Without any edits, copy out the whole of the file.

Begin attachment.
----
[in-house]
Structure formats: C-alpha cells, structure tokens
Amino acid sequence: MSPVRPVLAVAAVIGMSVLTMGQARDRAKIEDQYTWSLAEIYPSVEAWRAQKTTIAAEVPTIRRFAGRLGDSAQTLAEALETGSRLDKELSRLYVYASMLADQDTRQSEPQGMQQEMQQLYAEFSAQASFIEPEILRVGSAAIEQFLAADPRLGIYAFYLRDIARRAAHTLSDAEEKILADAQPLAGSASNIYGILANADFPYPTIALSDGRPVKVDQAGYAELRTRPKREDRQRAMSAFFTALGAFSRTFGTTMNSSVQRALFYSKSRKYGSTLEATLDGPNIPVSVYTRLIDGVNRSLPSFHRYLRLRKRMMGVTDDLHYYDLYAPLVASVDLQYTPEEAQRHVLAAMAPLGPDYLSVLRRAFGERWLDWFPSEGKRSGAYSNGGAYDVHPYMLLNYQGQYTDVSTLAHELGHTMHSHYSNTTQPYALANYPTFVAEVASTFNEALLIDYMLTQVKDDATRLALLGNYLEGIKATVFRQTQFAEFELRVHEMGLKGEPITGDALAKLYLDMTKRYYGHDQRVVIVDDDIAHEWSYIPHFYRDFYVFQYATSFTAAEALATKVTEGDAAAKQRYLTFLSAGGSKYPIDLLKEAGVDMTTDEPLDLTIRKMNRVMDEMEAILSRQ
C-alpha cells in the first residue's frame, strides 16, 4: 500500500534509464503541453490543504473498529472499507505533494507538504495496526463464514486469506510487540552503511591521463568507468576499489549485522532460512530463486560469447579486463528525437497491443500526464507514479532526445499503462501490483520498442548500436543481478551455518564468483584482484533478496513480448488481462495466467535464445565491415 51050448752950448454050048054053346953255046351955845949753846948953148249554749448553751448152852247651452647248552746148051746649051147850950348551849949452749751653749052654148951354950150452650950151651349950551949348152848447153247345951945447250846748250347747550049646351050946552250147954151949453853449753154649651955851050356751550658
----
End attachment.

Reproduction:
[in-house]
Structure formats: C-alpha cells, structure tokens
Amino acid sequence: MSPVRPVLAVAAVIGMSVLTMGQARDRAKIEDQYTWSLAEIYPSVEAWRAQKTTIAAEVPTIRRFAGRLGDSAQTLAEALETGSRLDKELSRLYVYASMLADQDTRQSEPQGMQQEMQQLYAEFSAQASFIEPEILRVGSAAIEQFLAADPRLGIYAFYLRDIARRAAHTLSDAEEKILADAQPLAGSASNIYGILANADFPYPTIALSDGRPVKVDQAGYAELRTRPKREDRQRAMSAFFTALGAFSRTFGTTMNSSVQRALFYSKSRKYGSTLEATLDGPNIPVSVYTRLIDGVNRSLPSFHRYLRLRKRMMGVTDDLHYYDLYAPLVASVDLQYTPEEAQRHVLAAMAPLGPDYLSVLRRAFGERWLDWFPSEGKRSGAYSNGGAYDVHPYMLLNYQGQYTDVSTLAHELGHTMHSHYSNTTQPYALANYPTFVAEVASTFNEALLIDYMLTQVKDDATRLALLGNYLEGIKATVFRQTQFAEFELRVHEMGLKGEPITGDALAKLYLDMTKRYYGHDQRVVIVDDDIAHEWSYIPHFYRDFYVFQYATSFTAAEALATKVTEGDAAAKQRYLTFLSAGGSKYPIDLLKEAGVDMTTDEPLDLTIRKMNRVMDEMEAILSRQ
C-alpha cells in the first residue's frame, strides 16, 4: 500500500534509464503541453490543504473498529472499507505533494507538504495496526463464514486469506510487540552503511591521463568507468576499489549485522532460512530463486560469447579486463528525437497491443500526464507514479532526445499503462501490483520498442548500436543481478551455518564468483584482484533478496513480448488481462495466467535464445565491415 51050448752950448454050048054053346953255046351955845949753846948953148249554749448553751448152852247651452647248552746148051746649051147850950348551849949452749751653749052654148951354950150452650950151651349950551949348152848447153247345951945447250846748250347747550049646351050946552250147954151949453853449753154649651955851050356751550658